British Columbia

Mayor Gregor Robertson meets with B.C. Finance Minister to discuss empty home tax

The province says it will consider Vancouver Mayor Gregor Robertson's proposal for a tax on empty homes, but cautions that a number of solutions need to be in place to help cool the city's red-hot housing market.

Both parties agreed more housing needed to alleviate city's housing woes

Vancouver Mayor Gregor Robertson (left) met with B.C. Finance Minister Mike de Jong on June 27 to discuss a proposed tax on empty homes that led to the rare summer legislative session. (CBC)

The province says it will consider Vancouver Mayor Gregor Robertson's proposal for a tax on empty homes but cautions that a number of solutions need to be in place to help cool the city's red-hot housing market.

B.C. Finance Minister Mike de Jong said he and Robertson had "productive, candid conversations" at Premier Christy Clark's office in Vancouver to discuss the proposed tax on Monday afternoon. 

"I don't think there's a single solution and I think the mayor and I agree on that," de Jong said. "Ultimately, when there is a housing shortage and demand is outstripping supply, we have to build more housing." 

Robertson has argued his tax would potentially free up more homes for the city's tight rental market, which currently has a vacancy rate of 0.6 per cent, by creating a financial incentive for home owners to rent out their empty property.

"We see an opportunity to get thousands of units available for rental housing," Robertson said. 

No plans to alleviate demand

De Jong said neither the province nor the city's goal was to alleviate demand for housing — both said they want to continue to attract newcomers to Vancouver.

"We like the fact that people are coming from other parts of Canada, other parts of the world to live in Vancouver, create jobs," de Jong said, citing the province's bustling economy as the main driver for demand.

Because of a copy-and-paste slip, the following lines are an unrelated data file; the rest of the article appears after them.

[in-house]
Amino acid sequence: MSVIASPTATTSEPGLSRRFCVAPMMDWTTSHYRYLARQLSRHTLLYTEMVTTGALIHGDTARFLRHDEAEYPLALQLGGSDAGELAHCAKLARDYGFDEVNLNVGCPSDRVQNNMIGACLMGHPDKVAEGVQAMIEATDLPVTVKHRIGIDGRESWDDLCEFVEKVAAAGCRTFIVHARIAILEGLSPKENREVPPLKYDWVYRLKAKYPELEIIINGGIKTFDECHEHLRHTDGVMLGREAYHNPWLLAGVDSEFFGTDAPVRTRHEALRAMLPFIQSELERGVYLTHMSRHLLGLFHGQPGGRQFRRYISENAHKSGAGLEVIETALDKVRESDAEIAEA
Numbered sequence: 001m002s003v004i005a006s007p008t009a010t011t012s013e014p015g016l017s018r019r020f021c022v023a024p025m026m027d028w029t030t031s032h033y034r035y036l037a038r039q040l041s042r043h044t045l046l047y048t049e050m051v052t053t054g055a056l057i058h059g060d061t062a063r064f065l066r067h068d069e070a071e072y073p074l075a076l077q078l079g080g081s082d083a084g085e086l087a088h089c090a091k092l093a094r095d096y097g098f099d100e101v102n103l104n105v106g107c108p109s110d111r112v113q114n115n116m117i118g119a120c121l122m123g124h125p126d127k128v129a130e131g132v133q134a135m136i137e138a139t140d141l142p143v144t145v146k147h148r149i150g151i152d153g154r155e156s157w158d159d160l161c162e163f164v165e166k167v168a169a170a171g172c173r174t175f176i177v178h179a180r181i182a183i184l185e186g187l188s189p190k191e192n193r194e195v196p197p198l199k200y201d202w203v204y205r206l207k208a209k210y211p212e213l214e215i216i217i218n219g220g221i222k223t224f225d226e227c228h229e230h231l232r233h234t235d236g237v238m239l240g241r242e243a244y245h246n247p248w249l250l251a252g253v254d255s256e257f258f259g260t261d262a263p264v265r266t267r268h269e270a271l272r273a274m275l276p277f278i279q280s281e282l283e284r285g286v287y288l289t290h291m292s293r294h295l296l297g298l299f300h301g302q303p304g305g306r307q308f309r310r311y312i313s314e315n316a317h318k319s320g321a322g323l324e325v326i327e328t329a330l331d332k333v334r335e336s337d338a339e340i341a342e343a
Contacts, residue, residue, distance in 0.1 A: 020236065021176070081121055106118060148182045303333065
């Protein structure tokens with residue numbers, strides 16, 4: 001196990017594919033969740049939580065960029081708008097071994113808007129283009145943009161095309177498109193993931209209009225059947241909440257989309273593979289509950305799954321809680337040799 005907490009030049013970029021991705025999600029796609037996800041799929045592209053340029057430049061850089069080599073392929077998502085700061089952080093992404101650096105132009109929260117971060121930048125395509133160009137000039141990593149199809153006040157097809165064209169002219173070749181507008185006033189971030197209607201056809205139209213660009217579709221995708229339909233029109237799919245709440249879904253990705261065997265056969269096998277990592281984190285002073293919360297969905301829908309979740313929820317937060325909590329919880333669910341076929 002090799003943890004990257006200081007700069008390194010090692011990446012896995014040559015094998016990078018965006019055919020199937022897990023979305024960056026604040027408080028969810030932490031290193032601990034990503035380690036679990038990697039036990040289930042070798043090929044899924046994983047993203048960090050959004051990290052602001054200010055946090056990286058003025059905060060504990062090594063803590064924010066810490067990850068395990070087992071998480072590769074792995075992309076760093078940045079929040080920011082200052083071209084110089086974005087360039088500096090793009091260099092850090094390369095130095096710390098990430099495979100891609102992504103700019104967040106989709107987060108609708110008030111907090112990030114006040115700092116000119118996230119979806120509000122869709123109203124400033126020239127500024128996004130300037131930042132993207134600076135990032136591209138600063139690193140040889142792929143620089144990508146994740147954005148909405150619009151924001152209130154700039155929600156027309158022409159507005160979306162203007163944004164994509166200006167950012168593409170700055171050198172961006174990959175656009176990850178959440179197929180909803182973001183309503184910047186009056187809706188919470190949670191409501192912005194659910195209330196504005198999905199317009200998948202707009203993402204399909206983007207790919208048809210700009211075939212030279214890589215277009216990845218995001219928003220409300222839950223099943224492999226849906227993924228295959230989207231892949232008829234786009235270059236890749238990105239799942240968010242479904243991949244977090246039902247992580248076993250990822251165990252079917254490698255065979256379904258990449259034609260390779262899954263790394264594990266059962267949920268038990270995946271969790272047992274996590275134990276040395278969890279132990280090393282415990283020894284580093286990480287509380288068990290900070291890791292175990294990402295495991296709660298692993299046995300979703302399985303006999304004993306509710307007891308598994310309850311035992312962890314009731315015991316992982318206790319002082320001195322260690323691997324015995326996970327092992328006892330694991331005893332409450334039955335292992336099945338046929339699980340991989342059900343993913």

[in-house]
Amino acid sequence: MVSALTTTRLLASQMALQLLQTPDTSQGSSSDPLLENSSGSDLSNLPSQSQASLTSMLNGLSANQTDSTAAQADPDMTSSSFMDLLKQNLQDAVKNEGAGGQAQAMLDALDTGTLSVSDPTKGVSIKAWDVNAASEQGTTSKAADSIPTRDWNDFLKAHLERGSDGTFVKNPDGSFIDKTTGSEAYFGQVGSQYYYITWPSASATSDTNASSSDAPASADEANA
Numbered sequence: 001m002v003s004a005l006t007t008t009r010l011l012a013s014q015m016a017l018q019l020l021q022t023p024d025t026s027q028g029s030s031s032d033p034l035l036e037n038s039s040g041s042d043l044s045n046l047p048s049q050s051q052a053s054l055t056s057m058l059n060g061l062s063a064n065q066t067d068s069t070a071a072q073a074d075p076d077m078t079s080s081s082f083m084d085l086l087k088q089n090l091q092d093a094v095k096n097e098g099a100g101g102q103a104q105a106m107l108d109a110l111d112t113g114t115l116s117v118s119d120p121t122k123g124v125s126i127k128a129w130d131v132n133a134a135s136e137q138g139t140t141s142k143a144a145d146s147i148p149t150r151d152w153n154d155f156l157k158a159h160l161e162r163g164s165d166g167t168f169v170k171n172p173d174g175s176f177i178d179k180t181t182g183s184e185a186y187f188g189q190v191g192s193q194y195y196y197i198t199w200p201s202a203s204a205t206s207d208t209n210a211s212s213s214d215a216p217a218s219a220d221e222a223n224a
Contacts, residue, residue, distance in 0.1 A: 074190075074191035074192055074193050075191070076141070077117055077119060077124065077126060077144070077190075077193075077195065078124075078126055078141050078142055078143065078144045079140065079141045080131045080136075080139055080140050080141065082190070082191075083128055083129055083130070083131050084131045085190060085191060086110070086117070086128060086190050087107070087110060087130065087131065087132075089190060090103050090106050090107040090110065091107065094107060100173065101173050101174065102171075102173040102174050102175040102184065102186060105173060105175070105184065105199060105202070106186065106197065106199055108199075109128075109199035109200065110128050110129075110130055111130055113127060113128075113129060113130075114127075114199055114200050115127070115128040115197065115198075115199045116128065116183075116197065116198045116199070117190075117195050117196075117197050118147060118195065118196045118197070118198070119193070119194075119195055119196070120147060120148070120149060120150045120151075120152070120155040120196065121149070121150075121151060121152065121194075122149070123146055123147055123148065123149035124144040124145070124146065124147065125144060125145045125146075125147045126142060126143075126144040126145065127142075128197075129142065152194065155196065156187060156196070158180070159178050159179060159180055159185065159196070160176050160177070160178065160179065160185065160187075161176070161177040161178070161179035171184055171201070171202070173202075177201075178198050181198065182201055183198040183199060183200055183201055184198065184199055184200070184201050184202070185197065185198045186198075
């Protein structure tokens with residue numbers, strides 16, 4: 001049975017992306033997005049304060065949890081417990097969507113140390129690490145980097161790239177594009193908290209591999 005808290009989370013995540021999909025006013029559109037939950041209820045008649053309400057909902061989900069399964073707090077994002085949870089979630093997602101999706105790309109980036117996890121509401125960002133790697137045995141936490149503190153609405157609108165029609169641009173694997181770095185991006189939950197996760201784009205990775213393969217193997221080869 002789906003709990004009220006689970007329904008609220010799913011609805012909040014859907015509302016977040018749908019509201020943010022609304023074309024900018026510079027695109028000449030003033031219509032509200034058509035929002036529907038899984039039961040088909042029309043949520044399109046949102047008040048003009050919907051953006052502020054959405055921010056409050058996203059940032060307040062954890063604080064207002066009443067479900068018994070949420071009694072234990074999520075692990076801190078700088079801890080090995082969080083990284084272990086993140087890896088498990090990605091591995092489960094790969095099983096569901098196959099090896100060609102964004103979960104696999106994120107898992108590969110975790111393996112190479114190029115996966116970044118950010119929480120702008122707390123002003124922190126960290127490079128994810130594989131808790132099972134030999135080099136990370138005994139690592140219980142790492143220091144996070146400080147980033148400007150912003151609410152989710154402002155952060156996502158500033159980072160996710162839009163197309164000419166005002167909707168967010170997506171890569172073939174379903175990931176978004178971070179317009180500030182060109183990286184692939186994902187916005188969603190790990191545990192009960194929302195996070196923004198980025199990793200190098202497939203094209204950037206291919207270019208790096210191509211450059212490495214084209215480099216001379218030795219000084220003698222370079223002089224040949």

He said the challenge for cities like Vancouver is how to balance the need to build new homes with criticism from neighbourhoods opposed to new development projects.

Neither Robertson nor de Jong offered any details on how the city and the province would determine what constitutes an empty home. The pair agreed to "attempt to carve out a proposal" around the parameters for the tax over the next two weeks, as well as how it would be put in place and monitored.

Then the provincial cabinet will make a decision on whether the tax is the best way to alleviate some of the affordability struggles people looking to live in Metro Vancouver are having. 

Robertson said he'll be speaking with the mayor of Melbourne, Australia, whose city is dealing with a similar housing crunch, to compare notes. 

"We are seeing and hearing about this in many big cities around the world right now. Housing supply is a real challenge, affordability is a real challenge," he said.

If the city can't reach an agreement with the province by August, Robertson said, it will put its own tax in place by creating a business tax on empty homes. 

With files from Richard Zussman

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